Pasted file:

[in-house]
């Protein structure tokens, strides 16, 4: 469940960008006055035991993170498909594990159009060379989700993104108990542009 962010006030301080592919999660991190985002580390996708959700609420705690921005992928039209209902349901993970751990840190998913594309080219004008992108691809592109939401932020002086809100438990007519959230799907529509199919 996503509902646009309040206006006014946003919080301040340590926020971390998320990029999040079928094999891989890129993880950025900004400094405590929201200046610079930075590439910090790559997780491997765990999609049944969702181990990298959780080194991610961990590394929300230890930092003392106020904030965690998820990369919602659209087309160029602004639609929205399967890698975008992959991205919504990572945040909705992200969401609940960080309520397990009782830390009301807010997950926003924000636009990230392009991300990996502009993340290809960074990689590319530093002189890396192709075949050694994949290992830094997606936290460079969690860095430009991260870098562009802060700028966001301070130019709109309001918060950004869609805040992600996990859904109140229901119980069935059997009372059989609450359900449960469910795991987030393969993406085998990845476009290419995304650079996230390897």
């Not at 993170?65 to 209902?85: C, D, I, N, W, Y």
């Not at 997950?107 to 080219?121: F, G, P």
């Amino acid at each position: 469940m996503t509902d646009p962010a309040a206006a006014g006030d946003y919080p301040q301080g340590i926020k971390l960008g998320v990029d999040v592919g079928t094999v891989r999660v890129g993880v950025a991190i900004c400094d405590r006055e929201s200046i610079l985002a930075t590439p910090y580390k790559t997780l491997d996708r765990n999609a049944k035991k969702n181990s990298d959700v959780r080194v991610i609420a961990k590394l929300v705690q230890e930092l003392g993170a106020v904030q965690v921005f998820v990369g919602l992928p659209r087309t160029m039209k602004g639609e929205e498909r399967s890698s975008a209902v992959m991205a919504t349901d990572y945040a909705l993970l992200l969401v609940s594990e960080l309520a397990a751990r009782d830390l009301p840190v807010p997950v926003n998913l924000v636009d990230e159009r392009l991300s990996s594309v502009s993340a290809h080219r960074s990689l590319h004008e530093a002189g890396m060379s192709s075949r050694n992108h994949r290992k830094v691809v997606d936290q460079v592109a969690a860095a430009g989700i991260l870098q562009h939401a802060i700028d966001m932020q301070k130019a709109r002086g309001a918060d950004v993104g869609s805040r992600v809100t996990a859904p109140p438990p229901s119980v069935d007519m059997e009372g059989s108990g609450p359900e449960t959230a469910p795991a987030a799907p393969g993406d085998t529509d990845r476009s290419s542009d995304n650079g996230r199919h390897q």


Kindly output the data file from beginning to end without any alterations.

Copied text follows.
[in-house]
């Protein structure tokens, strides 16, 4: 469940960008006055035991993170498909594990159009060379989700993104108990542009 962010006030301080592919999660991190985002580390996708959700609420705690921005992928039209209902349901993970751990840190998913594309080219004008992108691809592109939401932020002086809100438990007519959230799907529509199919 996503509902646009309040206006006014946003919080301040340590926020971390998320990029999040079928094999891989890129993880950025900004400094405590929201200046610079930075590439910090790559997780491997765990999609049944969702181990990298959780080194991610961990590394929300230890930092003392106020904030965690998820990369919602659209087309160029602004639609929205399967890698975008992959991205919504990572945040909705992200969401609940960080309520397990009782830390009301807010997950926003924000636009990230392009991300990996502009993340290809960074990689590319530093002189890396192709075949050694994949290992830094997606936290460079969690860095430009991260870098562009802060700028966001301070130019709109309001918060950004869609805040992600996990859904109140229901119980069935059997009372059989609450359900449960469910795991987030393969993406085998990845476009290419995304650079996230390897």
């Not at 993170?65 to 209902?85: C, D, I, N, W, Y």
């Not at 997950?107 to 080219?121: F, G, P």
């Amino acid at each position: 469940m996503t509902d646009p962010a309040a206006a006014g006030d946003y919080p301040q301080g340590i926020k971390l960008g998320v990029d999040v592919g079928t094999v891989r999660v890129g993880v950025a991190i900004c400094d405590r006055e929201s200046i610079l985002a930075t590439p910090y580390k790559t997780l491997d996708r765990n999609a049944k035991k969702n181990s990298d959700v959780r080194v991610i609420a961990k590394l929300v705690q230890e930092l003392g993170a106020v904030q965690v921005f998820v990369g919602l992928p659209r087309t160029m039209k602004g639609e929205e498909r399967s890698s975008a209902v992959m991205a919504t349901d990572y945040a909705l993970l992200l969401v609940s594990e960080l309520a397990a751990r009782d830390l009301p840190v807010p997950v926003n998913l924000v636009d990230e159009r392009l991300s990996s594309v502009s993340a290809h080219r960074s990689l590319h004008e530093a002189g890396m060379s192709s075949r050694n992108h994949r290992k830094v691809v997606d936290q460079v592109a969690a860095a430009g989700i991260l870098q562009h939401a802060i700028d966001m932020q301070k130019a709109r002086g309001a918060d950004v993104g869609s805040r992600v809100t996990a859904p109140p438990p229901s119980v069935d007519m059997e009372g059989s108990g609450p359900e449960t959230a469910p795991a987030a799907p393969g993406d085998t529509d990845r476009s290419s542009d995304n650079g996230r199919h390897q």